Seven-thirty on a Saturday morning and I’m more than a little aggravated that my plans to go to the golf show and act irresponsible all day have been cast aside in favor of replacing the water pump and belts on my truck. I was thinking about golf and crying gently to myself when an interesting hypothetical situation crossed my mind. I have no idea where this came from. I swear.
I imagined that I am the world’s greatest golfer, one of the richest, and most famous men alive. I spend my formative years traviling the globe and dominating not only my chosen endeavour, but also both domestic and foreign headlines. By my mid twenties, I can’t walk through a grocery store anywhere in the civilized world without being recognized. And not only by fans of my sport, but also by children and housewives. At twenty-five I am revered by many like a god. The experience is thrilling, the company I keep in this rarified celebrity is beyond my wildest dreams, and this life and the money that goes with it make every cocievable desire only fingertips away. I’m hanging out with the small handful of other men who enjoy the same worldwide notoriety as I do, and the ugly truth is living in this world of money and fame, the women and the parties are not far behind. People don’t have to like that fact, but I also assert that until those people have lived, there will be close to no amount of understanding the life that I lead.
Fast forward this life a few years and there are two gigantic changes. I’m married with the start of a family, amd my father is gone. My father was many things to me in my life, most importantly his recent role was to keep me humble. He knew that I was given too much too soon, he knew that I never lived out a child’s natural early years of being spoiled much less teenage years, or early adulthood years, and he also knew that I needed some help to keep from blowing it up. I had a beautiful wife, and with her a beautiful life, but I still had that “other” life waiting for me in London, Dubai, Australia, Tokyo, Cairo, and anywhere I went, all across the globe.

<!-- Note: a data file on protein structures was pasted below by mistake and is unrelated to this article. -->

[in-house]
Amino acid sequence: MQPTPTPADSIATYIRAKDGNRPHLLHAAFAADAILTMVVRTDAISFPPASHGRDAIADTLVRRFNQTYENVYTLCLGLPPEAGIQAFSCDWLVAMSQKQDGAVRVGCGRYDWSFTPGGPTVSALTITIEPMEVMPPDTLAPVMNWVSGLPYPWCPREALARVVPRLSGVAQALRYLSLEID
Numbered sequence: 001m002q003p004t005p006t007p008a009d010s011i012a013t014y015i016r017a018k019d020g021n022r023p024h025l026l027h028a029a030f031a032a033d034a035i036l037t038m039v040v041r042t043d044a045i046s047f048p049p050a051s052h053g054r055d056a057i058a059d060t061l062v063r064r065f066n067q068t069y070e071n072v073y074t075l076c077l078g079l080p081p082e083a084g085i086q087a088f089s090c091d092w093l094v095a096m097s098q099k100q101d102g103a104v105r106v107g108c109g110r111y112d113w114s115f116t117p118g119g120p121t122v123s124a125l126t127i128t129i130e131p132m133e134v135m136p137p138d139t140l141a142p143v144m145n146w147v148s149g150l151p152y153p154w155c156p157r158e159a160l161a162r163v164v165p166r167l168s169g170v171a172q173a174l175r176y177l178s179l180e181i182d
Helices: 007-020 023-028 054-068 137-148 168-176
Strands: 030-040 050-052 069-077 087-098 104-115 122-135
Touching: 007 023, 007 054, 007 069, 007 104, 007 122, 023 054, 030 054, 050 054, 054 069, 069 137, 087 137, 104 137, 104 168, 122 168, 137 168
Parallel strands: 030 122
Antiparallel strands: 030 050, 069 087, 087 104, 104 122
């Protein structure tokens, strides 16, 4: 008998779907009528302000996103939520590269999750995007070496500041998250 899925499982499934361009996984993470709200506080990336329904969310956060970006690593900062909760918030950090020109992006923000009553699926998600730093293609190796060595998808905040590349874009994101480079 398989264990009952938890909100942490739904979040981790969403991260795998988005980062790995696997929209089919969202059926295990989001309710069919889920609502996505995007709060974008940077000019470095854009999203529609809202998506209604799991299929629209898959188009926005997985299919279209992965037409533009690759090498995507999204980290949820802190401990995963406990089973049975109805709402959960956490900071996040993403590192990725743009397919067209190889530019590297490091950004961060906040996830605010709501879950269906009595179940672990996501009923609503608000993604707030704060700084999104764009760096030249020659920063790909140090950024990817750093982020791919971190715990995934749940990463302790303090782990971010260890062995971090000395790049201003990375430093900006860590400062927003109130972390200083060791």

I did bad things. All of the time. I had a crazy case of the Disease of More*, and I couldn’t get enough. It was only a matter of time before all this life started wrecking mine, but, starting from my early teens, that was the only life ahead of me. By no means am I asserting that these circumstances FORCED me into my bad decisions, but being able to have anything that you want -beginning as a teenager- can push you down a perilous path.
Now all my disgressions are in the papers, my wife is distraught and disgraced, my family is completely dysfunctional, and there is no way that I can set foot on a golf course to try to escape for a while. I went to sex rehab, but its not really sex rehab, its lifestyle rehab. I need my family. I need my health. I owe those two things every ounce of my energy.
I am Lion Forest, and I messed up bad, but you all know that. What you don’t know is, that no matter how much I need to make it right with my family, my friends, my business relationships and my charitable foundations, what I don’t owe any of you is an explanation. I owe that to my wife.
*The Disease of More is from Pat Riley. I learned about via Bill Simmons’ The Book of Basketball. Its a ridiculously NBA-centric analogy, just trust me that it fits.